Yesterday I received an e-mail from Mr. Gerrish that helped me understand a few things. Here is a sample of what he wrote:
"The 2000 to 8000 lb per acre I was referring to is the standing forage yield. Basically 1 to 4 tons per acre of standing stockpiled forage."That helped me understand what he is doing a lot, and it has given me a lot of encouragement in what we are hoping to do. Hopefully this is something we can work towords. In fact is something that I started doing with our 5 heifers this morning because I wanted to clip the grass really short in the area where we are going to be building a shed. The mower isn't going yet, so I might as well use cow power and not waste the grass!
"We generally graze winter stockpiled forage at a stock density of 120-140,000 lb-liveweight/acre with daily moves. On really heavy stockpile, we’ll occasionally break 200,000 lb liveweight/acre. Greg [Judy] usually moves three or four times per day. His reference to 500,000 lb liveweight/acre stock density is an instantaneous measure. If he moves 3x daily, the 24-hr stock density (the only way to accurately relate animal needs to forage supply) is 166,667 lb/acre. If he moves four times daily, the 24-hr stock density is 125,000 lb/acre. We are basically grazing at the same carrying capacity and 24-hr stock density. He does it with multiple moves each day. I do it with a single move (basic laziness on my part!)."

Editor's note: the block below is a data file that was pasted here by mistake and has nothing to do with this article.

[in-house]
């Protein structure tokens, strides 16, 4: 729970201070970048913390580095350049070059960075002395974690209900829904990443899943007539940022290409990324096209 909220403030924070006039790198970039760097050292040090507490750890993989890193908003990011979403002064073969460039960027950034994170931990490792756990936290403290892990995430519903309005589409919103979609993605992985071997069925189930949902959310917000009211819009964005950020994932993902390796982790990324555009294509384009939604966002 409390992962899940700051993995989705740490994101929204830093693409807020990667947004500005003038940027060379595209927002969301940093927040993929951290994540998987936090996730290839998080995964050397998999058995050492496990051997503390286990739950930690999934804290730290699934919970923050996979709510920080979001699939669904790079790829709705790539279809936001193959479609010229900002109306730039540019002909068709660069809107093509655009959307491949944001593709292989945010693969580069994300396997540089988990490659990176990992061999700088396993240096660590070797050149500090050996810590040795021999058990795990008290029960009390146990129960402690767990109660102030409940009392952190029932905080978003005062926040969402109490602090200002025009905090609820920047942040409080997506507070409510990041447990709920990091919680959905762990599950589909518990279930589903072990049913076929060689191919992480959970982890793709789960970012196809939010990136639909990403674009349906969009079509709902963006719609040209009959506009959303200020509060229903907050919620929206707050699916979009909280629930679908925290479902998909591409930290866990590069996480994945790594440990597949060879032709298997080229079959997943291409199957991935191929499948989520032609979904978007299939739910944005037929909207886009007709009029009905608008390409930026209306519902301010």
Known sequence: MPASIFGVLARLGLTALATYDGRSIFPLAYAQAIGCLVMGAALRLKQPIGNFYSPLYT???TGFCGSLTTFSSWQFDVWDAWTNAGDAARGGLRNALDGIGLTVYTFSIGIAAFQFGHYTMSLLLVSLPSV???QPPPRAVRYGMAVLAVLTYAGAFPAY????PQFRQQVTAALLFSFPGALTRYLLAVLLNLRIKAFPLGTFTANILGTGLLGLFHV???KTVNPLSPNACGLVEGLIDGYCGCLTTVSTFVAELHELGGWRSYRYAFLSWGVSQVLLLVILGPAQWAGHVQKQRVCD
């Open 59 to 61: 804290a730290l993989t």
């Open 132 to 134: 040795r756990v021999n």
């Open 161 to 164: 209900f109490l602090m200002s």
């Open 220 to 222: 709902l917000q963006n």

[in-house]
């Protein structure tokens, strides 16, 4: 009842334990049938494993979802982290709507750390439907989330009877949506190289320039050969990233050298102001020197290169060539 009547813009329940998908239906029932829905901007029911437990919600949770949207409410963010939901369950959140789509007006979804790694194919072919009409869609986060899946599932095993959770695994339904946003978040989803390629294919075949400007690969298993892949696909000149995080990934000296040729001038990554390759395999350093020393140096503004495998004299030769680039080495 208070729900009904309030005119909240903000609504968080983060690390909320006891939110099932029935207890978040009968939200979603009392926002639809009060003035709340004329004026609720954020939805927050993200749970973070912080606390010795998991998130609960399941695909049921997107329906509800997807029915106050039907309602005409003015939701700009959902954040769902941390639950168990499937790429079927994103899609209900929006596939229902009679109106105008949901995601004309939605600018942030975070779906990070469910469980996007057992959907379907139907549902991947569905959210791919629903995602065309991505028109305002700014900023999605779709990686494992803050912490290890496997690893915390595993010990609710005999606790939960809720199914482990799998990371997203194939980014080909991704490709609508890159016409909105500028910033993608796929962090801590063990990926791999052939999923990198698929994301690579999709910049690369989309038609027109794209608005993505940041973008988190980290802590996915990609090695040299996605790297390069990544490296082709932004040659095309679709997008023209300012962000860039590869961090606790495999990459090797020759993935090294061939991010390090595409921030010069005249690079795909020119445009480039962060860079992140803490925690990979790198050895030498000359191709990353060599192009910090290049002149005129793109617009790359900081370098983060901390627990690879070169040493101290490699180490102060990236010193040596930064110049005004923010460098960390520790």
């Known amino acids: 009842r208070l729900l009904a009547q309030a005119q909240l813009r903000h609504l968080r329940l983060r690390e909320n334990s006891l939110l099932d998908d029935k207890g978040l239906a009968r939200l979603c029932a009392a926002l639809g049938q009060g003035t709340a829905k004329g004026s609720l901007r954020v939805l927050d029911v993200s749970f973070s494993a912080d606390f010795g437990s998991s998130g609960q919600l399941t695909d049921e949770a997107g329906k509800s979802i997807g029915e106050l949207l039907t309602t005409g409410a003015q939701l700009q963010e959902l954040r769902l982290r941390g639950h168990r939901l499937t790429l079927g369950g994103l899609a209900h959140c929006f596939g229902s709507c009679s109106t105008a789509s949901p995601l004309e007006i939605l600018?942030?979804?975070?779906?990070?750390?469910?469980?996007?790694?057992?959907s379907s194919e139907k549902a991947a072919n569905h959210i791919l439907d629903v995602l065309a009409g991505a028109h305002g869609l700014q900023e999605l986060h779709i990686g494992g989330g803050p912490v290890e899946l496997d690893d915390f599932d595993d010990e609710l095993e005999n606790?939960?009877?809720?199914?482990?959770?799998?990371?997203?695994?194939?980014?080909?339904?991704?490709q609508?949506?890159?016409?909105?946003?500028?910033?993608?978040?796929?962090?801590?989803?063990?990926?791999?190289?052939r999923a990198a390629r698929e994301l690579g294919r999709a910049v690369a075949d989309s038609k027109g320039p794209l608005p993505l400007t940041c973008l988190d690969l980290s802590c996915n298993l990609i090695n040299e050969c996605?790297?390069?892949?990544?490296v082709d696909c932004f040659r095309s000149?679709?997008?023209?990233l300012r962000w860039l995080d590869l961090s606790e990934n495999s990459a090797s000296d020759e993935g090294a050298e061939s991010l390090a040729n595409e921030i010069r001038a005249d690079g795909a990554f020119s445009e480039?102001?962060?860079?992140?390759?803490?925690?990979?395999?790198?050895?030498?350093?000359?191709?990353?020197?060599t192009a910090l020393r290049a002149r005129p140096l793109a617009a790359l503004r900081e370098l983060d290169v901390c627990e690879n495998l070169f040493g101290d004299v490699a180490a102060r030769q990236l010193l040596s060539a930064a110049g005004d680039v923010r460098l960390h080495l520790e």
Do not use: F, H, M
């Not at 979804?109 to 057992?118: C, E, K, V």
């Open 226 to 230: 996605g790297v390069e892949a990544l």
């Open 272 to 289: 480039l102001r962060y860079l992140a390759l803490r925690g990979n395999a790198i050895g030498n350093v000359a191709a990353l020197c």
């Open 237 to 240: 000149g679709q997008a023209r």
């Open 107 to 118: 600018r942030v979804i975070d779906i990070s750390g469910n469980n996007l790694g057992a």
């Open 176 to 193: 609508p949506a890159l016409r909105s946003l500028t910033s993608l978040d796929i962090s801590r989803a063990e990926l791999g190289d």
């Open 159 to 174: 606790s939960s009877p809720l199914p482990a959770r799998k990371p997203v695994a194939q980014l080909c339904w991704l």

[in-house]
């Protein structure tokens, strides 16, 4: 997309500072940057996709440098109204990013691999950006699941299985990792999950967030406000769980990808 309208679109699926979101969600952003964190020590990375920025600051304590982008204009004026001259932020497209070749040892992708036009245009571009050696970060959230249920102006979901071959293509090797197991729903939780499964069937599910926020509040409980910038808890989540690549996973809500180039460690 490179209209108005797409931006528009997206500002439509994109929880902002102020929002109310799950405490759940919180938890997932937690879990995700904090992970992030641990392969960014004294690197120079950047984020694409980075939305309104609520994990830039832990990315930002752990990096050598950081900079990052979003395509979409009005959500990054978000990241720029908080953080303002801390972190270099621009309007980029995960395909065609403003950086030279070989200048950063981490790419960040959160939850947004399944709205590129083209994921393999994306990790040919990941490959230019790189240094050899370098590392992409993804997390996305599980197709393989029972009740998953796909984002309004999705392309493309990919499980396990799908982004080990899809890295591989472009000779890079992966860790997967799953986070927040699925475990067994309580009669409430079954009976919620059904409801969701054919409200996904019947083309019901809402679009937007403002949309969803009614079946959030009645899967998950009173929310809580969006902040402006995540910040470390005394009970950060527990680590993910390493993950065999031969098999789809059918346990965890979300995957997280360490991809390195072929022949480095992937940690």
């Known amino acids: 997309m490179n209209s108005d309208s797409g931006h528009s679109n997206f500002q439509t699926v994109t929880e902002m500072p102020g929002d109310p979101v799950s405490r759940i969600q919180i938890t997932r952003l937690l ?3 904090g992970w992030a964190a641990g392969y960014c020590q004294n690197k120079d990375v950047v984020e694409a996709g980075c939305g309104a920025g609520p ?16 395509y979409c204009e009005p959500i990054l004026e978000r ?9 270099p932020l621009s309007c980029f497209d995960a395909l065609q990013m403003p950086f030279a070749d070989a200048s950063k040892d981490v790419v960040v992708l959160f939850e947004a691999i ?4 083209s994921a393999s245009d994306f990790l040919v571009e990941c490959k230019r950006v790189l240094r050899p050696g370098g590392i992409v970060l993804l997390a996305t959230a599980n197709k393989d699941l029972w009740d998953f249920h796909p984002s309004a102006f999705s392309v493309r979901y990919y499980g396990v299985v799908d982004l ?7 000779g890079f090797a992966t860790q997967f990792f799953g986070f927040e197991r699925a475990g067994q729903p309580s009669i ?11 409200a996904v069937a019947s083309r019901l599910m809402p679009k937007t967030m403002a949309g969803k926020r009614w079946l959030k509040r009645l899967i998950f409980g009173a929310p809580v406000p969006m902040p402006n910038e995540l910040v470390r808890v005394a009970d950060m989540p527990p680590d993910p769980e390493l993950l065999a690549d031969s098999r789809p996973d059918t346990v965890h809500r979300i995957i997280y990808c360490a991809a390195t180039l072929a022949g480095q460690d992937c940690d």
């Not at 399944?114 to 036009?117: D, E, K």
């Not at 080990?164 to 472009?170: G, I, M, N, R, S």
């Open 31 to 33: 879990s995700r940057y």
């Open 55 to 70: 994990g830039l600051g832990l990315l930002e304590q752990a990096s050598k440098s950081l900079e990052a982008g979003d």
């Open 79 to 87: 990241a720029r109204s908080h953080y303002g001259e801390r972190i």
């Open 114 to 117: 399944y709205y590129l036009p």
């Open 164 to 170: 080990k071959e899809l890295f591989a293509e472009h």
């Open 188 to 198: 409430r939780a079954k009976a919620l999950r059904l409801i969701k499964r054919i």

"We usually graze 300-500 cows in the winter and our daily chore time is about 25 minutes. That chore consists of taking down one 1000 ft section of polybraid and leapfrogging it ahead for the next day’s move."
Any good book recommendations on this subject that you have read? I would love to hear them...